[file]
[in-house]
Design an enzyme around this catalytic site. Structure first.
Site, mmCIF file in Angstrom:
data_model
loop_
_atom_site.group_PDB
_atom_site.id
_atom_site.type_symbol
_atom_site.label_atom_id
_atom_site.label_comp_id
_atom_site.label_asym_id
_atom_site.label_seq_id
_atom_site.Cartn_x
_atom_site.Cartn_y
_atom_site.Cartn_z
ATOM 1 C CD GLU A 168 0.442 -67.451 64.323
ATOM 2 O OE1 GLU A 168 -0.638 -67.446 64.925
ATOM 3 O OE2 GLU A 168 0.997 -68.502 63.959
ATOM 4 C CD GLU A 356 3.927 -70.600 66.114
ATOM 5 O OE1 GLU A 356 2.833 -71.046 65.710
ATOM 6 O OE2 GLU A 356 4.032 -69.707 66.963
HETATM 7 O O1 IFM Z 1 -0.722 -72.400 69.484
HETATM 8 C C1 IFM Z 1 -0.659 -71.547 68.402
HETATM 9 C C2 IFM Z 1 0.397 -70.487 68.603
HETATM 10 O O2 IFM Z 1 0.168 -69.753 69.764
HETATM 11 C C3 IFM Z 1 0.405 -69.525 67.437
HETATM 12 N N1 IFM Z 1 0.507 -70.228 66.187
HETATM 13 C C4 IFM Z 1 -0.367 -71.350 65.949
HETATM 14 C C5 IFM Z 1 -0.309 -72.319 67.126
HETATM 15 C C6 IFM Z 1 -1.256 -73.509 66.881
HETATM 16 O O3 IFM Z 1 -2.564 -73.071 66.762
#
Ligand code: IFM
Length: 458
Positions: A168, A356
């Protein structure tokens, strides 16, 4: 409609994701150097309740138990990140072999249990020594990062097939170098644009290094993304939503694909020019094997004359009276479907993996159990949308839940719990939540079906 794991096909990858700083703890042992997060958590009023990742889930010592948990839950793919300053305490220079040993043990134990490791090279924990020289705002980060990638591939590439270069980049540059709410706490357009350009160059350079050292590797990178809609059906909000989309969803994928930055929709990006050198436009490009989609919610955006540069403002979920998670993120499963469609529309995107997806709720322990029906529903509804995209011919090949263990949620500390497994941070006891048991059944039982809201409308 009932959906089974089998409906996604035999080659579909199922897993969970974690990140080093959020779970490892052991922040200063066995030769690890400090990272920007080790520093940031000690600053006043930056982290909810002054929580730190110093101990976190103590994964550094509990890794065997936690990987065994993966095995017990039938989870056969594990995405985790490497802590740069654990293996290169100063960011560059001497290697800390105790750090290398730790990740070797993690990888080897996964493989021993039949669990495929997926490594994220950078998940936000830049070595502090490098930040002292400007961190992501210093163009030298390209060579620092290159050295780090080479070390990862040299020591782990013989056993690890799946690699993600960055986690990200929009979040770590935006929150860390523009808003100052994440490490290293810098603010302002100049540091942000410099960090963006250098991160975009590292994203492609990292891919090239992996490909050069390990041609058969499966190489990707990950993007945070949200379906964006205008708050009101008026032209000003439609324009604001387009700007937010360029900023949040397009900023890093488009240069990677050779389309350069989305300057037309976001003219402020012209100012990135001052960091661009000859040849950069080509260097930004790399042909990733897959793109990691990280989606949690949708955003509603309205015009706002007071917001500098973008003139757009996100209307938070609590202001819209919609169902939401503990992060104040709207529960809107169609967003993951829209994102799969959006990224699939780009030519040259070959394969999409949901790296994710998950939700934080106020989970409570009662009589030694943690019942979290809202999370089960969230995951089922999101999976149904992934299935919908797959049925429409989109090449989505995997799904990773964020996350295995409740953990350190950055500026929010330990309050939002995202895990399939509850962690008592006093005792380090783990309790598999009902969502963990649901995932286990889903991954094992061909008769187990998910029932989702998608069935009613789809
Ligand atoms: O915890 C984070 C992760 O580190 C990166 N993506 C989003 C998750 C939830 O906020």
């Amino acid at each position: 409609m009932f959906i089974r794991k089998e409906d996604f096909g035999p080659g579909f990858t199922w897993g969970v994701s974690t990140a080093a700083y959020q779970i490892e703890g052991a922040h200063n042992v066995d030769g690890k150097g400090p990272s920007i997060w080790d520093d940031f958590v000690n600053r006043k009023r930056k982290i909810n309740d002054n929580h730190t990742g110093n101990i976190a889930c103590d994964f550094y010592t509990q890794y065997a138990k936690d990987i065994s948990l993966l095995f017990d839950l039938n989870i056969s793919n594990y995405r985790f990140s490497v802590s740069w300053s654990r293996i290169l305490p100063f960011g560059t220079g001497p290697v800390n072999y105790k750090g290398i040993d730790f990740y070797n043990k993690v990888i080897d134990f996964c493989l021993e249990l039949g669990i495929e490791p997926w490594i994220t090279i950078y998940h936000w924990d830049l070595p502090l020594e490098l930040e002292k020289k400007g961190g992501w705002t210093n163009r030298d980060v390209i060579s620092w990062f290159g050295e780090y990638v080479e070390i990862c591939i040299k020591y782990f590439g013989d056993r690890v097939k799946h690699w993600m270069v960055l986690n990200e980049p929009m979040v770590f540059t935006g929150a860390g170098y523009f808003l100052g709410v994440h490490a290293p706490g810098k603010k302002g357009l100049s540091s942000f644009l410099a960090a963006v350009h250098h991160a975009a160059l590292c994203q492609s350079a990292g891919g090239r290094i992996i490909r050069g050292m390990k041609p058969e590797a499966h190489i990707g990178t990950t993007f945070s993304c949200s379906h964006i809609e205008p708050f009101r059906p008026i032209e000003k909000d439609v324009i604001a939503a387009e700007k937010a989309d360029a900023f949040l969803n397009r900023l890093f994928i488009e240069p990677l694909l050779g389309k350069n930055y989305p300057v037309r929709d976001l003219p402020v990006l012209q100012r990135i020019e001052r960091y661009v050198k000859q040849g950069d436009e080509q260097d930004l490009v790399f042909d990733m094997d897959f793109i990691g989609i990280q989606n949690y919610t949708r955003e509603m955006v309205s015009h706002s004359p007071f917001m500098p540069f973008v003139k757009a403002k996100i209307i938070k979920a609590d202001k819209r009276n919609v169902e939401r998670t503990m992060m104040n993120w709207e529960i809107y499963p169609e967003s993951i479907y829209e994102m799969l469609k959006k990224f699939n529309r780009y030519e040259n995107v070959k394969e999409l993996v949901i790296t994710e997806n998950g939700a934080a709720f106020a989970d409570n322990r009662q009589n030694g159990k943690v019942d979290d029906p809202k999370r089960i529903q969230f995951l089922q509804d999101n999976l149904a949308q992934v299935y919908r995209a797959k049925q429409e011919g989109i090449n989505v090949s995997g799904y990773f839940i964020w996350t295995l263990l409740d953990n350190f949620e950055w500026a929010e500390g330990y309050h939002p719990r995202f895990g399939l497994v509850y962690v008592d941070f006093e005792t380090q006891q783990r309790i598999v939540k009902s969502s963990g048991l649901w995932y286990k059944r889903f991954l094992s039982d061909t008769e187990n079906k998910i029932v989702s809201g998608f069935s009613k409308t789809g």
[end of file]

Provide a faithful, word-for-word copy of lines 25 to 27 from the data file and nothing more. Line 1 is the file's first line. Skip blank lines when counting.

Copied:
HETATM 10 O O2 IFM Z 1 0.168 -69.753 69.764
HETATM 11 C C3 IFM Z 1 0.405 -69.525 67.437
HETATM 12 N N1 IFM Z 1 0.507 -70.228 66.187